Zoltan '16 For President.

Zoltan ’16 For President.

I normally don’t vote in presidential elections because the choices are between flavors of progressivism—D-type, R-type, etc.—and I desire none. But scrappy “transhumanist” Zoltan Istvan has changed my mind. He has my support.

Istvan is taking on the Clinton-Bush juggernaut and offering an alternative to standard issue progressivism. Complete, total, ran-to-its-logical-conclusion progressivism. Intelligence as salvation.

Our candidate promises to “overcome human death and aging within 15-20 years”! How? By creating a “cultural mindset in America that embracing and producing radical technology and science is in the best interest of our nation and species.” You can’t get more progressive that that.

These goals, Istvan says, “are so simple and obvious, you’d think every politician in the 21st Century would be publicly and passionately pursuing them.” They don’t because they don’t understand transhumanism. What’s that? A “movement [that] goes back decades, to a time when philosophers, futurists, and scientists began understanding how fast technology could solve all the world’s problems.”

All the world’s problems!

Telescopes pick up an object the size of the moon barreling our direction. With zero uncertainty it is proved the object will slam into the earth in 13.4 months, pulverizing the object and turning our planet into molten goo. How would we react?

We’d gather the smartest guys in the world in one room—Zoltan would be there—and give them anything they want. Money, booze, computers, sharp pencils, plenty of paper, companionship—whatever they desired and in whatever quantity they deemed sufficient. And what would happen?

Our planet would turn to goo in 13.4 months.

Intelligence is overrated. Yet almost every person now alive believes the opposite. Just as every person believes the opposite of these true propositions: There are some “problems” which cannot be solved, “problems” that we are under no obligation to solve, “problems” so intractable that even attempting to solve them is foolhardy and harmful.

I can peer into the minds of some readers—those who have read a lot science fiction, for instance—who are now feverishly imagining “scenarios” where the object is diverted from its murderous path. That these readers do so proves my point. And if you can see why their actions prove my point, then you will have truly grasped why intelligence is overrated. I’ll leave it as a reader exercise to solve this “puzzle”.

As a hint, the same answer is found in these words from John Maynard Keynes on the behavior of arch-intellectual Bertrand Russell (words we’ve seen before):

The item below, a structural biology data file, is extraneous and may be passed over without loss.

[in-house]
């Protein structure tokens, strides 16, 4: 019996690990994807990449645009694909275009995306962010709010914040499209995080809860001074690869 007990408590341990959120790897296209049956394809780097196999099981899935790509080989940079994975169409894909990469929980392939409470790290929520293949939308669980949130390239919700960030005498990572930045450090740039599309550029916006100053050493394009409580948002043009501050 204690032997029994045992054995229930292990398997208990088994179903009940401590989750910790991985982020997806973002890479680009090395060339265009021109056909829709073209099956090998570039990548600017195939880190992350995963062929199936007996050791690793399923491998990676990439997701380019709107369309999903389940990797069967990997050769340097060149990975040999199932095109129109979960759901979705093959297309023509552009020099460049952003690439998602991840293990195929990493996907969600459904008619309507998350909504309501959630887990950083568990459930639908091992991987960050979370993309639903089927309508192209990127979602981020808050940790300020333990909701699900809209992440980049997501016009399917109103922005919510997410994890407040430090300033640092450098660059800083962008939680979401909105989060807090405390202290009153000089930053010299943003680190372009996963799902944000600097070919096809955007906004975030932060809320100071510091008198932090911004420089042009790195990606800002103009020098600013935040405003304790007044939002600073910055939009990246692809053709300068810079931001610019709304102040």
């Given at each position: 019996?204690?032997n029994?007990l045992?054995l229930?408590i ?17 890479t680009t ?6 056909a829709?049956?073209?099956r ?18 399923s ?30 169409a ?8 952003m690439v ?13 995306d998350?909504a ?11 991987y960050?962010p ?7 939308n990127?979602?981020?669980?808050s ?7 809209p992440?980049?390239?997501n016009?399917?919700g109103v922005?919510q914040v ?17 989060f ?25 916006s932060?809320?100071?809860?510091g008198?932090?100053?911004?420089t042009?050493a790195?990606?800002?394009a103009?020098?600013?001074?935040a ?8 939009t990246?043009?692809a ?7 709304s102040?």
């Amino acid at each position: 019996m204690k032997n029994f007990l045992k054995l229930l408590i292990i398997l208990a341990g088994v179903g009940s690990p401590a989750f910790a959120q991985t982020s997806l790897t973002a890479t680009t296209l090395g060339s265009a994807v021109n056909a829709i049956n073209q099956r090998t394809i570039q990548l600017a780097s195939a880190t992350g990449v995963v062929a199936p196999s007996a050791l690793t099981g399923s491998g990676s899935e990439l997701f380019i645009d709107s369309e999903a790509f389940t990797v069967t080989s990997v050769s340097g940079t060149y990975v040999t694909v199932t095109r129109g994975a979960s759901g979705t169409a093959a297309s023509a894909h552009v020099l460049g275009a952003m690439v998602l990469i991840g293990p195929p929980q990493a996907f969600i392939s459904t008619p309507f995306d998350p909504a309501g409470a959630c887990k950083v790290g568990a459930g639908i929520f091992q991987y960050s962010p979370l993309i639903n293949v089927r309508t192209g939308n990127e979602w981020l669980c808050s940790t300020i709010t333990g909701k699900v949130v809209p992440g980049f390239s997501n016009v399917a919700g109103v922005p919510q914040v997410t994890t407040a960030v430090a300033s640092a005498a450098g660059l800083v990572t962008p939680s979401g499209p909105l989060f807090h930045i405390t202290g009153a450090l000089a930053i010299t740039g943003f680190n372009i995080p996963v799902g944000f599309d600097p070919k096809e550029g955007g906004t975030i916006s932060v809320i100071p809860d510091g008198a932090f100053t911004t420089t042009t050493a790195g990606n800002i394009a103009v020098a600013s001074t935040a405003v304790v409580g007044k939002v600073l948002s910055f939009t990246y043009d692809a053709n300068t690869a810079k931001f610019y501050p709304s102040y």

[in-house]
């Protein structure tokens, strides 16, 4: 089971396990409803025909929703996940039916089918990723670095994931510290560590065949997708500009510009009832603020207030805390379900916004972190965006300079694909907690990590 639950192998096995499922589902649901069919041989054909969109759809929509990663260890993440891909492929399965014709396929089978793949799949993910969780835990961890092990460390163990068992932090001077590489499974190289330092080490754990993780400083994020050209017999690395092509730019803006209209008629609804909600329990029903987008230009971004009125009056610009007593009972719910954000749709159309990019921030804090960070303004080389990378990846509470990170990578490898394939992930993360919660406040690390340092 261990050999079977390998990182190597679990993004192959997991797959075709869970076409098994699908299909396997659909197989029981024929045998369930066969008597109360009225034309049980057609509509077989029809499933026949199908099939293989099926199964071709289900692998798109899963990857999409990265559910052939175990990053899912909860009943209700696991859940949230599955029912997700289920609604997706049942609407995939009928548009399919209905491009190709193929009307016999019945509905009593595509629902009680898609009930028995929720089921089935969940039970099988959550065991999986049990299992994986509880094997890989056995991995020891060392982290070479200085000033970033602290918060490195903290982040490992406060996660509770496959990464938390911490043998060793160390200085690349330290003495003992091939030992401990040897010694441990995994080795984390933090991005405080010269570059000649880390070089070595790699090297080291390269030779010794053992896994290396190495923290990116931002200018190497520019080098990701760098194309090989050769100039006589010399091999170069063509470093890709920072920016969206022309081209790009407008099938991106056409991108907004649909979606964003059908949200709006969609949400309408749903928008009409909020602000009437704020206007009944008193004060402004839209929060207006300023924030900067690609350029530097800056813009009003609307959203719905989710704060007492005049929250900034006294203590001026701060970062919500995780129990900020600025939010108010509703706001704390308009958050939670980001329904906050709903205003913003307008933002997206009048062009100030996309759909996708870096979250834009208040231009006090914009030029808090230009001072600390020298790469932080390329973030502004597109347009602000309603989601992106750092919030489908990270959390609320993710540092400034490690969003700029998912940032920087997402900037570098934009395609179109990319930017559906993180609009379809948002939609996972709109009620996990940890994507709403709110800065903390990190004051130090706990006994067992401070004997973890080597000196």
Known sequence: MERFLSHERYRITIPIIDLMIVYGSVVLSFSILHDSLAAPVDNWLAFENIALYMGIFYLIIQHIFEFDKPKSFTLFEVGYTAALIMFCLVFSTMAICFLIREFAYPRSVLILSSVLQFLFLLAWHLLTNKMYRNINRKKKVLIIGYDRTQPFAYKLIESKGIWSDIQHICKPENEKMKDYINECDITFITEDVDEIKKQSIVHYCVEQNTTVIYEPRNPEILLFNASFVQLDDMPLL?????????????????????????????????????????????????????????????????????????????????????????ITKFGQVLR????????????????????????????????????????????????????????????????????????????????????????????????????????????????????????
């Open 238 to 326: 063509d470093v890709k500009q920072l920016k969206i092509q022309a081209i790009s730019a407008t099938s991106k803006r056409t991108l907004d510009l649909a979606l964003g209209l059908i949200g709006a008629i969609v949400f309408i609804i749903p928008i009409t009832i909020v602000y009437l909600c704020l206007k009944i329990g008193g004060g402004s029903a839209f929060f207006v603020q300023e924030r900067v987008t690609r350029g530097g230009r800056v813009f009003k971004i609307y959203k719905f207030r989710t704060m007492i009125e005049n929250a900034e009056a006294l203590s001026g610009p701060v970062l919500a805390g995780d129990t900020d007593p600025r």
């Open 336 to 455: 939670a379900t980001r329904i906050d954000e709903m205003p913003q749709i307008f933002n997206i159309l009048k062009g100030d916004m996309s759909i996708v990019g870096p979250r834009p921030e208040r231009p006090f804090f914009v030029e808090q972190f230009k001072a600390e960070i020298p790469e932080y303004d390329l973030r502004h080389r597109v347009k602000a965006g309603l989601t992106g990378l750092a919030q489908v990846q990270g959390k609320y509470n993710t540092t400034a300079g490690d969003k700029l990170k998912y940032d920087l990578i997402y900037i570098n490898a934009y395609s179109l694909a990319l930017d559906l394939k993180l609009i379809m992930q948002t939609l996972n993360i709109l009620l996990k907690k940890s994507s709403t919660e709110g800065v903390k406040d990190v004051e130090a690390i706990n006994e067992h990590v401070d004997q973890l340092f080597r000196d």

Bertie in particular sustained simultaneously a pair of opinions ludicrously incompatible. He held that in fact human affairs were carried on after a most irrational fashion, but that the remedy was quite simple and easy, since all we had to do was to carry them on rationally.

As the late lamented philosopher David Stove commented, “Just two effortless sentences, and yet how fatal they are to any belief in Russell’s political wisdom, or even sense! They are like a bayonet thrust through the heart and out the back.”

Two of the greatest minds who have ever lived were not keen on the saving powers of rationality. After a lifetime of thinking the deepest thoughts man can think, one was forced to conclude he “knew nothing”, while the other, a man who wrote the subtlest and profoundest philosophy, pronounced his life’s work “nothing but straw.”

These recommendations are sufficient, one would think, to sober us up. They obviously are not. And they are not because intelligence in the form of rationality is the weakest form of knowledge we have, yet we insist on judging all things rationally! It is weakest compared to what Aristotle called the nous, the act of intellection which infallibly connects us to those most fundamental, consequential truths which we know are true but cannot rationally prove, truths which we must believe before any rational argument can ever start.

Saying you can solve all problems with rationality is thus like thinking you can leap over Mount Everest if you desire it strongly enough. Human perfection is only one transhumanist gene manipulation away!

There is no killing Russell’s and Istvan’s corrosive idea, which advances inexorably, zombie-like throughout our culture. Modern men march under the Rationality banner and find it inconceivable that they should not do so. So why am I voting for the man?

Because his extreme form of progressivism has the better chance of burning itself out quickly and leaving some traditional culture intact, whereas the alternative is like a black hole that will eventually suck in and crush everything.

Vote for Zoltan!

Oh. There is one way of averting that collision. Divine intervention. But don’t count on that. In these days of marrying and giving in “marriage”, it’s not likely, and it surely isn’t rational, to count on God’s support.